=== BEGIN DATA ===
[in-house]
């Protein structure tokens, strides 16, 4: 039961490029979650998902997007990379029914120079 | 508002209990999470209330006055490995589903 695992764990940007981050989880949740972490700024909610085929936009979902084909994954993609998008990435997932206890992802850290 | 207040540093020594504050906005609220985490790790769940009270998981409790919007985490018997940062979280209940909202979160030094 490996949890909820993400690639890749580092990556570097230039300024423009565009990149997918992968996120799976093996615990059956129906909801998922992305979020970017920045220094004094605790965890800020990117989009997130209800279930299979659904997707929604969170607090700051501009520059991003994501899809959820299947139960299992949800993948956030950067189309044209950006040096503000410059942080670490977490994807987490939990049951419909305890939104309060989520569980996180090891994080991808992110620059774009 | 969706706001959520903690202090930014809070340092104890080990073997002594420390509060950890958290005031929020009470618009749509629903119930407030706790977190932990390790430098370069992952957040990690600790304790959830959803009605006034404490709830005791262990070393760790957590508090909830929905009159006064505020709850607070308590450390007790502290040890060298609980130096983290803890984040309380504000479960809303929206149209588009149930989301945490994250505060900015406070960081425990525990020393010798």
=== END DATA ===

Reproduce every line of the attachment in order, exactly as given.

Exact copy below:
[in-house]
């Protein structure tokens, strides 16, 4: 039961490029979650998902997007990379029914120079 | 508002209990999470209330006055490995589903 695992764990940007981050989880949740972490700024909610085929936009979902084909994954993609998008990435997932206890992802850290 | 207040540093020594504050906005609220985490790790769940009270998981409790919007985490018997940062979280209940909202979160030094 490996949890909820993400690639890749580092990556570097230039300024423009565009990149997918992968996120799976093996615990059956129906909801998922992305979020970017920045220094004094605790965890800020990117989009997130209800279930299979659904997707929604969170607090700051501009520059991003994501899809959820299947139960299992949800993948956030950067189309044209950006040096503000410059942080670490977490994807987490939990049951419909305890939104309060989520569980996180090891994080991808992110620059774009 | 969706706001959520903690202090930014809070340092104890080990073997002594420390509060950890958290005031929020009470618009749509629903119930407030706790977190932990390790430098370069992952957040990690600790304790959830959803009605006034404490709830005791262990070393760790957590508090909830929905009159006064505020709850607070308590450390007790502290040890060298609980130096983290803890984040309380504000479960809303929206149209588009149930989301945490994250505060900015406070960081425990525990020393010798």